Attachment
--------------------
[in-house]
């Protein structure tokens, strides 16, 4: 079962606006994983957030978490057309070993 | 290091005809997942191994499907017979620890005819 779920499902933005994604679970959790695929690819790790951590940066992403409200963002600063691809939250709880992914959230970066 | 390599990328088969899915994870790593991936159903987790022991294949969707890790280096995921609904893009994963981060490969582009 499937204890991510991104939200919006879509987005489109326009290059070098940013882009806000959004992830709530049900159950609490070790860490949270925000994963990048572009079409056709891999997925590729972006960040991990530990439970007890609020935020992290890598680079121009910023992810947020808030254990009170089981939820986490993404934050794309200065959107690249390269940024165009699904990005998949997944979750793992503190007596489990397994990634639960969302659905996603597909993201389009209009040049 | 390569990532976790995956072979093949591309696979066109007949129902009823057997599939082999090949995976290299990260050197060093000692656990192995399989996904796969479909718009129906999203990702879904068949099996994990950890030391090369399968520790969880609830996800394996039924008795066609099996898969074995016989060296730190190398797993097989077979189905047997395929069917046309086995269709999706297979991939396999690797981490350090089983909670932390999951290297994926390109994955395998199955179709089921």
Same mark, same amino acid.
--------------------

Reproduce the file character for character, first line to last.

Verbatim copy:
[in-house]
């Protein structure tokens, strides 16, 4: 079962606006994983957030978490057309070993 | 290091005809997942191994499907017979620890005819 779920499902933005994604679970959790695929690819790790951590940066992403409200963002600063691809939250709880992914959230970066 | 390599990328088969899915994870790593991936159903987790022991294949969707890790280096995921609904893009994963981060490969582009 499937204890991510991104939200919006879509987005489109326009290059070098940013882009806000959004992830709530049900159950609490070790860490949270925000994963990048572009079409056709891999997925590729972006960040991990530990439970007890609020935020992290890598680079121009910023992810947020808030254990009170089981939820986490993404934050794309200065959107690249390269940024165009699904990005998949997944979750793992503190007596489990397994990634639960969302659905996603597909993201389009209009040049 | 390569990532976790995956072979093949591309696979066109007949129902009823057997599939082999090949995976290299990260050197060093000692656990192995399989996904796969479909718009129906999203990702879904068949099996994990950890030391090369399968520790969880609830996800394996039924008795066609099996898969074995016989060296730190190398797993097989077979189905047997395929069917046309086995269709999706297979991939396999690797981490350090089983909670932390999951290297994926390109994955395998199955179709089921």
Same mark, same amino acid.